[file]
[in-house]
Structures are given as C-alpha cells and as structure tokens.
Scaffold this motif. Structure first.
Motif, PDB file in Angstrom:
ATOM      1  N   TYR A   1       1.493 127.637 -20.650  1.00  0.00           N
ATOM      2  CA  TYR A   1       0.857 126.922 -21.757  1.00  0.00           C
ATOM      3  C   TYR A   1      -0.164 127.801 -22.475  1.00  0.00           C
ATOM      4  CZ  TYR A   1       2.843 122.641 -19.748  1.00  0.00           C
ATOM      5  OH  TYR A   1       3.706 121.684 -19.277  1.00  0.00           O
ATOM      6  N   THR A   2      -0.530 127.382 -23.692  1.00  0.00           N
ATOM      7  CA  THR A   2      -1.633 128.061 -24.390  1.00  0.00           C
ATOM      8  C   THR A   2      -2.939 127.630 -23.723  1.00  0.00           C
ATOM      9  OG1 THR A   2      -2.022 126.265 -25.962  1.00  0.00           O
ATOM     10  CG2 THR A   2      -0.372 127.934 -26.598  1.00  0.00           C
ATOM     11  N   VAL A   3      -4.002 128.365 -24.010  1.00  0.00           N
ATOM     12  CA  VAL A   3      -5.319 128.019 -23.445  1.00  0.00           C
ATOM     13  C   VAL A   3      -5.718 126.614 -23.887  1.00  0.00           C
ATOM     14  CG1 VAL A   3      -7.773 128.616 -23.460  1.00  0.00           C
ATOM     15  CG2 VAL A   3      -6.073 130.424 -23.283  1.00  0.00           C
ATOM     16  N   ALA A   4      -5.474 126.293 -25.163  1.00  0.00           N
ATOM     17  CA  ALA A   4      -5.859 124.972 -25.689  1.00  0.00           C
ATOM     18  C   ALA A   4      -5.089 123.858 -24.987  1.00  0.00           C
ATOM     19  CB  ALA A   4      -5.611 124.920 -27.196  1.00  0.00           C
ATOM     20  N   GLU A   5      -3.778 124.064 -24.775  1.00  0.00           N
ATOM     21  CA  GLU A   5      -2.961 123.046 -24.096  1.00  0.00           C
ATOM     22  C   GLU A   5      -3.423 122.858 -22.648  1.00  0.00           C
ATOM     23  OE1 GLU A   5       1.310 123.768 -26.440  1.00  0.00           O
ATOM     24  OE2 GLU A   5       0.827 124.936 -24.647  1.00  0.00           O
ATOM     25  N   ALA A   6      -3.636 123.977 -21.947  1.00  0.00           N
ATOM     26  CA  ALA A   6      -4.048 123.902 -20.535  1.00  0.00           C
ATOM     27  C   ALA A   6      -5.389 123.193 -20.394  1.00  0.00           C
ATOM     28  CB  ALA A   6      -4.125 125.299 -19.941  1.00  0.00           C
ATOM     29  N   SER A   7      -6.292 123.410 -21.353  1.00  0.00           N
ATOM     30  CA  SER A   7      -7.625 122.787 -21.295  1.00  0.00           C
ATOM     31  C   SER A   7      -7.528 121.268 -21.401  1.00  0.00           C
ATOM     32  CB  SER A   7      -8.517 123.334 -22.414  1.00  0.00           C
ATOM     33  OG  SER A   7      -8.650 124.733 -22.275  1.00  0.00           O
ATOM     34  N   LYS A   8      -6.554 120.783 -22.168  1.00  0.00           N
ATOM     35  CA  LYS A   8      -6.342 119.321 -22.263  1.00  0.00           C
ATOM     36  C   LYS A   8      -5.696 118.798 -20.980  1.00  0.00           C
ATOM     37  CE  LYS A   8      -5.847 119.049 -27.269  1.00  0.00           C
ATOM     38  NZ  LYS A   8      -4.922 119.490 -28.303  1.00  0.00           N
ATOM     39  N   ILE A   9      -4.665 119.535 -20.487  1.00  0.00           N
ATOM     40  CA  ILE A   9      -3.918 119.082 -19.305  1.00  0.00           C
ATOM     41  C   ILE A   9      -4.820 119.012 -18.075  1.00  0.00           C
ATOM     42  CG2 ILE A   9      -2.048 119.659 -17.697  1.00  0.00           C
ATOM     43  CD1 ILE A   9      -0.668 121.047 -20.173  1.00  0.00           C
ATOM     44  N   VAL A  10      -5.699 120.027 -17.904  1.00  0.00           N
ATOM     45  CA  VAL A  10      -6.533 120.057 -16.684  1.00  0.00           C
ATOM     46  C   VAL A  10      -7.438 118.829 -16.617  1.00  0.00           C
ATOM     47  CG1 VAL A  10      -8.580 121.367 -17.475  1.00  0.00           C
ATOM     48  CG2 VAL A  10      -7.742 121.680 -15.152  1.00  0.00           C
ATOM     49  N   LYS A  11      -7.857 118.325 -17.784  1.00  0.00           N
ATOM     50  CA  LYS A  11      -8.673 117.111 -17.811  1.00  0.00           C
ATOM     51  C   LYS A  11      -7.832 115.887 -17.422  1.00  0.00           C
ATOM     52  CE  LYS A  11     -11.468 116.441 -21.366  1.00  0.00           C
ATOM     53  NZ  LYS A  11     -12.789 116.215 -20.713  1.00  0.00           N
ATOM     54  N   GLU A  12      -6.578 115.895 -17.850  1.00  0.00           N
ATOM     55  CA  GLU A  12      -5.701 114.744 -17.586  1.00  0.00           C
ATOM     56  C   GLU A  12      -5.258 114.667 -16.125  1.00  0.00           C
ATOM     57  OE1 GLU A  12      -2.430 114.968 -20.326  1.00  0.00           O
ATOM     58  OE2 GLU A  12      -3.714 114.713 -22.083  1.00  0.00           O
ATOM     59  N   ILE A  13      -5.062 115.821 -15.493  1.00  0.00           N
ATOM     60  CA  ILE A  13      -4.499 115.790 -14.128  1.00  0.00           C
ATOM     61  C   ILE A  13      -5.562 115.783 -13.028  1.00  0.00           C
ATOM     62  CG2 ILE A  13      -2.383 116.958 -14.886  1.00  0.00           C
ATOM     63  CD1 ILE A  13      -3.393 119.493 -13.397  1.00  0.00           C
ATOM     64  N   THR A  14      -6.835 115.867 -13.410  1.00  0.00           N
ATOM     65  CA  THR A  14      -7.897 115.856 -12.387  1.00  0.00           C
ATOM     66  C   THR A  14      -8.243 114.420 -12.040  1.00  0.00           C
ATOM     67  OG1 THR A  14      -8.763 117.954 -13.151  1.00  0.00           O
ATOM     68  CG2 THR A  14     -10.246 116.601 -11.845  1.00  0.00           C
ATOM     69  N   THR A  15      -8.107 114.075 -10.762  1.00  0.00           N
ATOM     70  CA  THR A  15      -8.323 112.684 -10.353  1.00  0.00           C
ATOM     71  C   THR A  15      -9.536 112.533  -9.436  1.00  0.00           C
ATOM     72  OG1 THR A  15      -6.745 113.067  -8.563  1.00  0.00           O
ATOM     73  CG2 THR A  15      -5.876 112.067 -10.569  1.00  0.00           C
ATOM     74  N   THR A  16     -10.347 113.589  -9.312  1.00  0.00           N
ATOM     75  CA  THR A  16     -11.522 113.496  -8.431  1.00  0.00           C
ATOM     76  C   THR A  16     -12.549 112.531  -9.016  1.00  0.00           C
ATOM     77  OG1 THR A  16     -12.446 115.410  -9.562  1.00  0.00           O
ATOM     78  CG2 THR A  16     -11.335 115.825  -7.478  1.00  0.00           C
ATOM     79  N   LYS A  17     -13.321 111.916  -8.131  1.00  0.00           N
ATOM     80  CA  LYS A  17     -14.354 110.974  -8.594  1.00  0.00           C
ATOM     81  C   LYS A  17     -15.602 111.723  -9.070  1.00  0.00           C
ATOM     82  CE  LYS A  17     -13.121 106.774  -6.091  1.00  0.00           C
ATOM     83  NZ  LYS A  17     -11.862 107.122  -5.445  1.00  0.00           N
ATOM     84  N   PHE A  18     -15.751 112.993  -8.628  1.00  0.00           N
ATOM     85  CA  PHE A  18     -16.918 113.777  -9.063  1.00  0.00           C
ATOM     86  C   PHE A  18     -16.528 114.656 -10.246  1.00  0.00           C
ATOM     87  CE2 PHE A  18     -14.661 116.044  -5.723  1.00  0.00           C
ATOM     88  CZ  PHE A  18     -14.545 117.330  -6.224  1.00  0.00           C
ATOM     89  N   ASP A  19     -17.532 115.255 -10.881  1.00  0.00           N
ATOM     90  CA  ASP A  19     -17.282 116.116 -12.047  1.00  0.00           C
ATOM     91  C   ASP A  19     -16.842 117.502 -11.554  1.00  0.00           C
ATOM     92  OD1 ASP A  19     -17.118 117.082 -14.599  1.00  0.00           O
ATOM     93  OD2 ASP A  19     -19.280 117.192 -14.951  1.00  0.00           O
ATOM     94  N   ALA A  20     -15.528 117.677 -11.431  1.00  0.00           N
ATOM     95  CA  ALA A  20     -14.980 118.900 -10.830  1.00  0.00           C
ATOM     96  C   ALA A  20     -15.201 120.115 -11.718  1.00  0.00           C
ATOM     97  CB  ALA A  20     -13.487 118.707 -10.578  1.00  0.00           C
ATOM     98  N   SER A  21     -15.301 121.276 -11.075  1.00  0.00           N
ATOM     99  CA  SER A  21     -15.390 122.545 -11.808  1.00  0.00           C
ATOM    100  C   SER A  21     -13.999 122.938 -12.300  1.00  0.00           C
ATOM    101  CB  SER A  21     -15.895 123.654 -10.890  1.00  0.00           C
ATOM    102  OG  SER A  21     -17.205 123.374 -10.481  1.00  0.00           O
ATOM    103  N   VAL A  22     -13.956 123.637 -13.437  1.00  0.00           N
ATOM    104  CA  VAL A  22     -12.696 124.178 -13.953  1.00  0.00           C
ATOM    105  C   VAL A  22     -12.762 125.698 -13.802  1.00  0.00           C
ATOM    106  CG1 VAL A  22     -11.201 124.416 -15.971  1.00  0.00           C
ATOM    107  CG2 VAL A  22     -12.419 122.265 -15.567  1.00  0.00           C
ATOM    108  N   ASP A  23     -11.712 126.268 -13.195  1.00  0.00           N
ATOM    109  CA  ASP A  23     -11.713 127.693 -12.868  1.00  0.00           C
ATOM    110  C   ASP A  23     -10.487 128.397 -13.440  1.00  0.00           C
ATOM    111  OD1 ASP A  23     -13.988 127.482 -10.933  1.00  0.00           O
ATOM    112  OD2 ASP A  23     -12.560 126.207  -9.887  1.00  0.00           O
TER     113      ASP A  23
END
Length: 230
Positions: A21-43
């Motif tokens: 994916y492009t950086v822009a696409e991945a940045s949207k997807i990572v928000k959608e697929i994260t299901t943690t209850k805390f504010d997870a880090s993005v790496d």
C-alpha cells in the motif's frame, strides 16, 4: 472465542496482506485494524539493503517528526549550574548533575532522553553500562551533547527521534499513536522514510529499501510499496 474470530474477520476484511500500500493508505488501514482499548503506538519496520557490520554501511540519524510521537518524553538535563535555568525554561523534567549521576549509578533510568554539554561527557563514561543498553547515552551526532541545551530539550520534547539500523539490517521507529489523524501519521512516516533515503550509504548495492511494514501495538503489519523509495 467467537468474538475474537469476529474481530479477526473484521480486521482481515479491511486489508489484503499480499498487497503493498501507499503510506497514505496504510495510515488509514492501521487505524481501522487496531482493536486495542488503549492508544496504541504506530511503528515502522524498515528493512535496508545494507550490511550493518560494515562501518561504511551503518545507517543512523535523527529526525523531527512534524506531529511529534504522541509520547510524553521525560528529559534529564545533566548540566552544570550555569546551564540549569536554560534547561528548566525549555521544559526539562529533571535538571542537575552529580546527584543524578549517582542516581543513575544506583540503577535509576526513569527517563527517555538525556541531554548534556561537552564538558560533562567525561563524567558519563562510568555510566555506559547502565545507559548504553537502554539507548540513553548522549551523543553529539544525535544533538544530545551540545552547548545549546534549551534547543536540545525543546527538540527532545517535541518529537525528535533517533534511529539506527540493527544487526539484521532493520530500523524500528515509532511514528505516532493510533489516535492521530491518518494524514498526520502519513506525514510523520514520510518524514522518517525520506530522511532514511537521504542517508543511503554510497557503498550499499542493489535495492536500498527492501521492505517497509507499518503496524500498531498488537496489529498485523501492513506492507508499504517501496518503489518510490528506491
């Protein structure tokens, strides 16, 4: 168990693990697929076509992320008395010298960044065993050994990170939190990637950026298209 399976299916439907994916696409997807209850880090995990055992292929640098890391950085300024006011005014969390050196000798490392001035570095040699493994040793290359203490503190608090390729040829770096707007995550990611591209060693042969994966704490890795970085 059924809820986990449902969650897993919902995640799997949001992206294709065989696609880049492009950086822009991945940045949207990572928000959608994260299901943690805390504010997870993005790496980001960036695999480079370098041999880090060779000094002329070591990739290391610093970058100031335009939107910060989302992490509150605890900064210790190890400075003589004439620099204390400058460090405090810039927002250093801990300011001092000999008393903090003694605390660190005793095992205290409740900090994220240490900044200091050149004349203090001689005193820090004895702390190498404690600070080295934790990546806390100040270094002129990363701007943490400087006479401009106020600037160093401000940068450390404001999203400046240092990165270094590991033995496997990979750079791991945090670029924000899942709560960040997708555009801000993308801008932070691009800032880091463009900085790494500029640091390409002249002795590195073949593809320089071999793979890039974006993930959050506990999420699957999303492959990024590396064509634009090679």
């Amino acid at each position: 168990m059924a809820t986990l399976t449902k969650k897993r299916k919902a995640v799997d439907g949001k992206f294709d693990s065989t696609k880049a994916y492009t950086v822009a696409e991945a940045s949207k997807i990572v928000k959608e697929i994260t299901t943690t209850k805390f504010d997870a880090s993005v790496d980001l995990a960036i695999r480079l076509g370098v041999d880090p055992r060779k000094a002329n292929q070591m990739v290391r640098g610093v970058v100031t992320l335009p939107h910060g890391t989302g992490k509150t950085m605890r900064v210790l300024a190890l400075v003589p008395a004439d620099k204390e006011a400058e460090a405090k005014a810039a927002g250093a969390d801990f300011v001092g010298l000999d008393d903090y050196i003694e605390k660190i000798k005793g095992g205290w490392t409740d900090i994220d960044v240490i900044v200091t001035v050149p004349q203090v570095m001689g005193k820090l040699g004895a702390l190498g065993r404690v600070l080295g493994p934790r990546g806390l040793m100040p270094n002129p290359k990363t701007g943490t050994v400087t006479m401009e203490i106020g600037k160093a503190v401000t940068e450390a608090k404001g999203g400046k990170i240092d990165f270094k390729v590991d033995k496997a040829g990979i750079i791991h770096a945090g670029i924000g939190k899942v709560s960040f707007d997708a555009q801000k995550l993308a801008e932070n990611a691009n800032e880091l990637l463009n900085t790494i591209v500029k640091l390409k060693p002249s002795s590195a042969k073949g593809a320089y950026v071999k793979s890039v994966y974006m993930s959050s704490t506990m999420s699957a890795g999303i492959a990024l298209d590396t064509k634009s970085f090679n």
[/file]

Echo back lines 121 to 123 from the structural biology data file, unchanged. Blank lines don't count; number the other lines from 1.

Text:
């Motif tokens: 994916y492009t950086v822009a696409e991945a940045s949207k997807i990572v928000k959608e697929i994260t299901t943690t209850k805390f504010d997870a880090s993005v790496d």
C-alpha cells in the motif's frame, strides 16, 4: 472465542496482506485494524539493503517528526549550574548533575532522553553500562551533547527521534499513536522514510529499501510499496 474470530474477520476484511500500500493508505488501514482499548503506538519496520557490520554501511540519524510521537518524553538535563535555568525554561523534567549521576549509578533510568554539554561527557563514561543498553547515552551526532541545551530539550520534547539500523539490517521507529489523524501519521512516516533515503550509504548495492511494514501495538503489519523509495 467467537468474538475474537469476529474481530479477526473484521480486521482481515479491511486489508489484503499480499498487497503493498501507499503510506497514505496504510495510515488509514492501521487505524481501522487496531482493536486495542488503549492508544496504541504506530511503528515502522524498515528493512535496508545494507550490511550493518560494515562501518561504511551503518545507517543512523535523527529526525523531527512534524506531529511529534504522541509520547510524553521525560528529559534529564545533566548540566552544570550555569546551564540549569536554560534547561528548566525549555521544559526539562529533571535538571542537575552529580546527584543524578549517582542516581543513575544506583540503577535509576526513569527517563527517555538525556541531554548534556561537552564538558560533562567525561563524567558519563562510568555510566555506559547502565545507559548504553537502554539507548540513553548522549551523543553529539544525535544533538544530545551540545552547548545549546534549551534547543536540545525543546527538540527532545517535541518529537525528535533517533534511529539506527540493527544487526539484521532493520530500523524500528515509532511514528505516532493510533489516535492521530491518518494524514498526520502519513506525514510523520514520510518524514522518517525520506530522511532514511537521504542517508543511503554510497557503498550499499542493489535495492536500498527492501521492505517497509507499518503496524500498531498488537496489529498485523501492513506492507508499504517501496518503489518510490528506491
């Protein structure tokens, strides 16, 4: 168990693990697929076509992320008395010298960044065993050994990170939190990637950026298209 399976299916439907994916696409997807209850880090995990055992292929640098890391950085300024006011005014969390050196000798490392001035570095040699493994040793290359203490503190608090390729040829770096707007995550990611591209060693042969994966704490890795970085 059924809820986990449902969650897993919902995640799997949001992206294709065989696609880049492009950086822009991945940045949207990572928000959608994260299901943690805390504010997870993005790496980001960036695999480079370098041999880090060779000094002329070591990739290391610093970058100031335009939107910060989302992490509150605890900064210790190890400075003589004439620099204390400058460090405090810039927002250093801990300011001092000999008393903090003694605390660190005793095992205290409740900090994220240490900044200091050149004349203090001689005193820090004895702390190498404690600070080295934790990546806390100040270094002129990363701007943490400087006479401009106020600037160093401000940068450390404001999203400046240092990165270094590991033995496997990979750079791991945090670029924000899942709560960040997708555009801000993308801008932070691009800032880091463009900085790494500029640091390409002249002795590195073949593809320089071999793979890039974006993930959050506990999420699957999303492959990024590396064509634009090679």